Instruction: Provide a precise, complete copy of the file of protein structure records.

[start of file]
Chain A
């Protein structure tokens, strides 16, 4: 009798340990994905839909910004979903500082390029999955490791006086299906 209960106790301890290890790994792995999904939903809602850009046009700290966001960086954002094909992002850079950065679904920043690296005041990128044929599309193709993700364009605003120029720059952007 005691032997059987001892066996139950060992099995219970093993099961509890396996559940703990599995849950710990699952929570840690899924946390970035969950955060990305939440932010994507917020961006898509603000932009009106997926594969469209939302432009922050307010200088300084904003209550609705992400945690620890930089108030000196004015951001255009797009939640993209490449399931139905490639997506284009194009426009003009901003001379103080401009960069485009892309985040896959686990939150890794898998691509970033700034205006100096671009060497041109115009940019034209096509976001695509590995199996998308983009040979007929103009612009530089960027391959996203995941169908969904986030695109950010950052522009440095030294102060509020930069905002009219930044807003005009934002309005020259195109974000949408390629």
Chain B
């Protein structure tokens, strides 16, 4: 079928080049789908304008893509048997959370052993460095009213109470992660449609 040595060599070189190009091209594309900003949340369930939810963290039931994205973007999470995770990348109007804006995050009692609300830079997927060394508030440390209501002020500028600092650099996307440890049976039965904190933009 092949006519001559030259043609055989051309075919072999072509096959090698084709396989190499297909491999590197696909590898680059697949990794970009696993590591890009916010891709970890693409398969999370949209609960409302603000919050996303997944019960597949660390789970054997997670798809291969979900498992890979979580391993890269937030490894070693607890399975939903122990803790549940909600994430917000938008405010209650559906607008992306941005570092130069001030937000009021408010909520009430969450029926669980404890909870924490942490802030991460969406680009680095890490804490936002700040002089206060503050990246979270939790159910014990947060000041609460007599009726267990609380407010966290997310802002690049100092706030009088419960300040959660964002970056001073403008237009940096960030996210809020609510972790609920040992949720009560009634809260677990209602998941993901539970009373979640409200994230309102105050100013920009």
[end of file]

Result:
Chain A
């Protein structure tokens, strides 16, 4: 009798340990994905839909910004979903500082390029999955490791006086299906 209960106790301890290890790994792995999904939903809602850009046009700290966001960086954002094909992002850079950065679904920043690296005041990128044929599309193709993700364009605003120029720059952007 005691032997059987001892066996139950060992099995219970093993099961509890396996559940703990599995849950710990699952929570840690899924946390970035969950955060990305939440932010994507917020961006898509603000932009009106997926594969469209939302432009922050307010200088300084904003209550609705992400945690620890930089108030000196004015951001255009797009939640993209490449399931139905490639997506284009194009426009003009901003001379103080401009960069485009892309985040896959686990939150890794898998691509970033700034205006100096671009060497041109115009940019034209096509976001695509590995199996998308983009040979007929103009612009530089960027391959996203995941169908969904986030695109950010950052522009440095030294102060509020930069905002009219930044807003005009934002309005020259195109974000949408390629």
Chain B
């Protein structure tokens, strides 16, 4: 079928080049789908304008893509048997959370052993460095009213109470992660449609 040595060599070189190009091209594309900003949340369930939810963290039931994205973007999470995770990348109007804006995050009692609300830079997927060394508030440390209501002020500028600092650099996307440890049976039965904190933009 092949006519001559030259043609055989051309075919072999072509096959090698084709396989190499297909491999590197696909590898680059697949990794970009696993590591890009916010891709970890693409398969999370949209609960409302603000919050996303997944019960597949660390789970054997997670798809291969979900498992890979979580391993890269937030490894070693607890399975939903122990803790549940909600994430917000938008405010209650559906607008992306941005570092130069001030937000009021408010909520009430969450029926669980404890909870924490942490802030991460969406680009680095890490804490936002700040002089206060503050990246979270939790159910014990947060000041609460007599009726267990609380407010966290997310802002690049100092706030009088419960300040959660964002970056001073403008237009940096960030996210809020609510972790609920040992949720009560009634809260677990209602998941993901539970009373979640409200994230309102105050100013920009």